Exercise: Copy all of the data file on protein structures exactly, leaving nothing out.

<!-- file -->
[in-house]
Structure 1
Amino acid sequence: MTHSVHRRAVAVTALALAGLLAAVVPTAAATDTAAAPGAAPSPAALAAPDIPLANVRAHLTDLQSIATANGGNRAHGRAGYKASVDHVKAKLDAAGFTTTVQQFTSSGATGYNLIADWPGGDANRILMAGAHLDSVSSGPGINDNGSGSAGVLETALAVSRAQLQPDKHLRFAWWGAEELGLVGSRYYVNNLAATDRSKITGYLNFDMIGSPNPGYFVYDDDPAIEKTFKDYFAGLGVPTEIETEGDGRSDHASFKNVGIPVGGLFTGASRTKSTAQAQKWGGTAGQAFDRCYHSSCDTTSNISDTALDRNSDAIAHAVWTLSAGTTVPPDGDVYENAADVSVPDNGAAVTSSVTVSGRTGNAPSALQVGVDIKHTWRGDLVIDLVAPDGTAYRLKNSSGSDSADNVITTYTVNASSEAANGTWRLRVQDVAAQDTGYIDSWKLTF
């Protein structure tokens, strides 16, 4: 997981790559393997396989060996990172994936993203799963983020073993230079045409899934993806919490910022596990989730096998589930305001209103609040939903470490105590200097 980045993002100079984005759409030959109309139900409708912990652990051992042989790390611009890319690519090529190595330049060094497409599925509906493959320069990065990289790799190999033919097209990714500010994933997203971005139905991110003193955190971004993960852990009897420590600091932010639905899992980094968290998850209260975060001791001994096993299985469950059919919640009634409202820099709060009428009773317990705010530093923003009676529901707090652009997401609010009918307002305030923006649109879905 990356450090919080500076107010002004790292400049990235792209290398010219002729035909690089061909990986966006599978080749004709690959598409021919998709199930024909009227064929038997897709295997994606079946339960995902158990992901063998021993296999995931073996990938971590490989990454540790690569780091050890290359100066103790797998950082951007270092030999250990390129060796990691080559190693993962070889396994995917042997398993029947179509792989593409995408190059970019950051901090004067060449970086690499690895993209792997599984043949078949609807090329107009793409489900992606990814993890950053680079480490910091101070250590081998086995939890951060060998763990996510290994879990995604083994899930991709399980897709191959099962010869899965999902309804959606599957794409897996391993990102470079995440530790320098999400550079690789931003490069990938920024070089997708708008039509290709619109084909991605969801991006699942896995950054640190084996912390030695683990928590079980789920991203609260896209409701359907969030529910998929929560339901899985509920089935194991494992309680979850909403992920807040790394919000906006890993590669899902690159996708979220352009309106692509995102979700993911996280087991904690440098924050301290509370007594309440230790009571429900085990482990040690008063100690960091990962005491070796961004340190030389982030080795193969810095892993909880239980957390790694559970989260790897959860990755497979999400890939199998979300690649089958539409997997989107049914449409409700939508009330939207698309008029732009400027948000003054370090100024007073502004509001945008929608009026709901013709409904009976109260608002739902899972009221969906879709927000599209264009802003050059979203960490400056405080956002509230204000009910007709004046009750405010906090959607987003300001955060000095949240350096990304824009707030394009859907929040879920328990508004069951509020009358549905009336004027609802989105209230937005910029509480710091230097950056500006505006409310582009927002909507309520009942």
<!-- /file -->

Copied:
[in-house]
Structure 1
Amino acid sequence: MTHSVHRRAVAVTALALAGLLAAVVPTAAATDTAAAPGAAPSPAALAAPDIPLANVRAHLTDLQSIATANGGNRAHGRAGYKASVDHVKAKLDAAGFTTTVQQFTSSGATGYNLIADWPGGDANRILMAGAHLDSVSSGPGINDNGSGSAGVLETALAVSRAQLQPDKHLRFAWWGAEELGLVGSRYYVNNLAATDRSKITGYLNFDMIGSPNPGYFVYDDDPAIEKTFKDYFAGLGVPTEIETEGDGRSDHASFKNVGIPVGGLFTGASRTKSTAQAQKWGGTAGQAFDRCYHSSCDTTSNISDTALDRNSDAIAHAVWTLSAGTTVPPDGDVYENAADVSVPDNGAAVTSSVTVSGRTGNAPSALQVGVDIKHTWRGDLVIDLVAPDGTAYRLKNSSGSDSADNVITTYTVNASSEAANGTWRLRVQDVAAQDTGYIDSWKLTF
């Protein structure tokens, strides 16, 4: 997981790559393997396989060996990172994936993203799963983020073993230079045409899934993806919490910022596990989730096998589930305001209103609040939903470490105590200097 980045993002100079984005759409030959109309139900409708912990652990051992042989790390611009890319690519090529190595330049060094497409599925509906493959320069990065990289790799190999033919097209990714500010994933997203971005139905991110003193955190971004993960852990009897420590600091932010639905899992980094968290998850209260975060001791001994096993299985469950059919919640009634409202820099709060009428009773317990705010530093923003009676529901707090652009997401609010009918307002305030923006649109879905 990356450090919080500076107010002004790292400049990235792209290398010219002729035909690089061909990986966006599978080749004709690959598409021919998709199930024909009227064929038997897709295997994606079946339960995902158990992901063998021993296999995931073996990938971590490989990454540790690569780091050890290359100066103790797998950082951007270092030999250990390129060796990691080559190693993962070889396994995917042997398993029947179509792989593409995408190059970019950051901090004067060449970086690499690895993209792997599984043949078949609807090329107009793409489900992606990814993890950053680079480490910091101070250590081998086995939890951060060998763990996510290994879990995604083994899930991709399980897709191959099962010869899965999902309804959606599957794409897996391993990102470079995440530790320098999400550079690789931003490069990938920024070089997708708008039509290709619109084909991605969801991006699942896995950054640190084996912390030695683990928590079980789920991203609260896209409701359907969030529910998929929560339901899985509920089935194991494992309680979850909403992920807040790394919000906006890993590669899902690159996708979220352009309106692509995102979700993911996280087991904690440098924050301290509370007594309440230790009571429900085990482990040690008063100690960091990962005491070796961004340190030389982030080795193969810095892993909880239980957390790694559970989260790897959860990755497979999400890939199998979300690649089958539409997997989107049914449409409700939508009330939207698309008029732009400027948000003054370090100024007073502004509001945008929608009026709901013709409904009976109260608002739902899972009221969906879709927000599209264009802003050059979203960490400056405080956002509230204000009910007709004046009750405010906090959607987003300001955060000095949240350096990304824009707030394009859907929040879920328990508004069951509020009358549905009336004027609802989105209230937005910029509480710091230097950056500006505006409310582009927002909507309520009942």